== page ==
Tantalus Vineyards

Riesling reigns.

The evolution of Tantalus has been fascinating to watch since Eric Savics purchased the vineyard and winery in 2004. The first hallmark steely, racy, and intense riesling that was bottled and released in 2005 caused quite a stir, and it showed B.C. winemakers that riesling didn’t have to be a simple, fruity, off-dry, boring, inexpensive, and please-everyone kind of wine. The devotion to quality has continued, and the now-familiar brand is making interesting chardonnay, pinot noir, and traditional-method sparkling wine. Tantalus seems to be getting everything spot on, from sustainable grape growing to thoughtful winemaking, the restrained yet recognizable packaging, and even down to its place in the wine community, an exemplary model for how B.C. wineries can thrive in the future.

The winemaking at Tantalus starts in the vineyards. Old riesling vines planted in 1978 and the careful selection of the best chardonnay and pinot noir clones from Burgundy for the new plantings have formed the base for quality. When Savics purchased the vineyard, he set about a major replanting, removing varieties unsuitable for the site, such as cabernet sauvignon, in order to start the chardonnay and pinot noir program.

Vineyard manager Warwick Shaw uses both a hands-off and hands-on philosophy. The hands-off is letting the soil do its thing, not pumping excessive fertilizer and water on to boost yields but letting the vines struggle just enough to produce intensely flavoured grapes. The hands-on goes naturally along with that philosophy, as less recipe viticulture means more monitoring and boots in the dirt to stay on top of what is going on. A natural balance is achieved by not using herbicides and pesticides and by incorporating organic soil and vine nutrient additions. Encouraging biodiversity also helps to maintain a more complete and fully functioning ecosystem. There are now 52 beehives on site, a mature 10-acre forest in the centre of the property, and nesting boxes throughout the vineyard to encourage beneficial bird species.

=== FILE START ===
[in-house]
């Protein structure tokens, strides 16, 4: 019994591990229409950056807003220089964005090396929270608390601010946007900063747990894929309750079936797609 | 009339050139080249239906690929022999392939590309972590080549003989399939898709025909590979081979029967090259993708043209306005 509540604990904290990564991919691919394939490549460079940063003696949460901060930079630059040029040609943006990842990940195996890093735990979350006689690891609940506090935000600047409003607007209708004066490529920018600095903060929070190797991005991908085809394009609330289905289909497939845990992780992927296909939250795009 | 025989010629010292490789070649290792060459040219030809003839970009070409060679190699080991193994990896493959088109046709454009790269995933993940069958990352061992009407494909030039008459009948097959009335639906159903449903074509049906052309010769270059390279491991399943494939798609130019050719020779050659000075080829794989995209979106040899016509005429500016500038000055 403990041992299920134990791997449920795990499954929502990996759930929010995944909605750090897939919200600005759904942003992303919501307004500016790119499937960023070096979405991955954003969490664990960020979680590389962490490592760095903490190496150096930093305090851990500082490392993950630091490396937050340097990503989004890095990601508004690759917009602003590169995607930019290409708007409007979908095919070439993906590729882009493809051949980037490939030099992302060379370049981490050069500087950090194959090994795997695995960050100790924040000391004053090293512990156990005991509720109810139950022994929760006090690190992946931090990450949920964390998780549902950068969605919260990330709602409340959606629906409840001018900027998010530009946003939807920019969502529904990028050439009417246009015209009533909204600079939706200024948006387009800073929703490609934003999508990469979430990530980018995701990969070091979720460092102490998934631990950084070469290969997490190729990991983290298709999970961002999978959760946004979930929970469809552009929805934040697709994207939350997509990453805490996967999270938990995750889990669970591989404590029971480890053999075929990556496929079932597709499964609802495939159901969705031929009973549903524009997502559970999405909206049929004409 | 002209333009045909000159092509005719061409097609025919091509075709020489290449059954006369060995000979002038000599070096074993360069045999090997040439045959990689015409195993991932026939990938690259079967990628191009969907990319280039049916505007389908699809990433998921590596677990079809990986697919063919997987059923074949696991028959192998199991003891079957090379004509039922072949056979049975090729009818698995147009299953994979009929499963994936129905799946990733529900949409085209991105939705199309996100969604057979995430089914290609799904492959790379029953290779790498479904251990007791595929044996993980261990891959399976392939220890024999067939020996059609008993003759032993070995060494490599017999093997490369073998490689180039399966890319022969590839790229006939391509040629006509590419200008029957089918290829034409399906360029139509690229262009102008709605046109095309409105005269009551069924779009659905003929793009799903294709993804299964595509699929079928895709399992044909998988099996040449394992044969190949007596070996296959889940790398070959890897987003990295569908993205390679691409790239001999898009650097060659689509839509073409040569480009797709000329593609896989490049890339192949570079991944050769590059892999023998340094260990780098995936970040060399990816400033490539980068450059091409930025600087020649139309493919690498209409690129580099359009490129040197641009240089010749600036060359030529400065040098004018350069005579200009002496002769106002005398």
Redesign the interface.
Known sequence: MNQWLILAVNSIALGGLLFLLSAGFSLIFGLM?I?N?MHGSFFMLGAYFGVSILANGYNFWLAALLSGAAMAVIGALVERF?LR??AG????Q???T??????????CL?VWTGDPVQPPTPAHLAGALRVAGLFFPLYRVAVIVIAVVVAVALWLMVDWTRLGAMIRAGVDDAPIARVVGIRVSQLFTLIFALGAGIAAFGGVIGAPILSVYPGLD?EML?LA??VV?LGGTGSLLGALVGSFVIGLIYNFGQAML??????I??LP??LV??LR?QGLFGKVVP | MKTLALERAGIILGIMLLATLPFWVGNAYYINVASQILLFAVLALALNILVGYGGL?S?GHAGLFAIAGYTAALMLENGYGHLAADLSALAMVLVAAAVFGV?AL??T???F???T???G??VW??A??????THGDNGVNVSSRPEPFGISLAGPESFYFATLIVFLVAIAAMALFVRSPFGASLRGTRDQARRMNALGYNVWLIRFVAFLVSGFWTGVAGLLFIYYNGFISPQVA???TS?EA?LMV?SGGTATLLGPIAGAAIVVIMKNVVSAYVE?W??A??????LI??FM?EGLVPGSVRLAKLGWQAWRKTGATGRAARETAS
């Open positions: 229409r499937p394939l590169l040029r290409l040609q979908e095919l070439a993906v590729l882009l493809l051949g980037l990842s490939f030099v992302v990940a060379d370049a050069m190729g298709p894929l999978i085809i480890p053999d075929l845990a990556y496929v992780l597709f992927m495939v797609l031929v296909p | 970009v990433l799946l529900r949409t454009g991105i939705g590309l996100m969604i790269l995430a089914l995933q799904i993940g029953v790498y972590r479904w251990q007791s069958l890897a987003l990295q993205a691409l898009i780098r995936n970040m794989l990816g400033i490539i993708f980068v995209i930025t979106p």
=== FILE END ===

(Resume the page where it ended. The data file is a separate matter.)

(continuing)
Winemaker David Paterson likes to mess with the grapes as little as possible. “I think fruit health and quality of site are of paramount importance in the quest to produce top-quality wine on a world stage,” says Paterson. Techniques like wild fermentation, lees contact, and very unobtrusive oak use have resulted in some remarkable wines. In fact, at a tasting of Canadian wines earlier this year by wine legend Jancis Robinson, the two Tantalus rieslings were ranked the two top Canadian white wines.

The model behaviour continues through other facets of the business. In May 2013, the winery received LEED Silver Certification—the first of its kind in B.C. And Tantalus is an exemplary citizen in the wine community, helping to promote the region and being an active player in sharing knowledge to advance wine quality. “Creating a wine culture and involving the entire community is really needed when attempting to create a world-recognizable wine region. We all need to create more of a sense of community, stop squabbling amongst ourselves, and become the Okanagan Valley rather than focusing on being small companies within the Okanagan,” says Paterson.

If Canadian wine is to be put on the world map, it will be ventures like these, which tick all the boxes from vineyard through to selling the wine and being a positive part of the community, that will build a reputation of which all Canadians can be proud.

Post Date:

January 20, 2014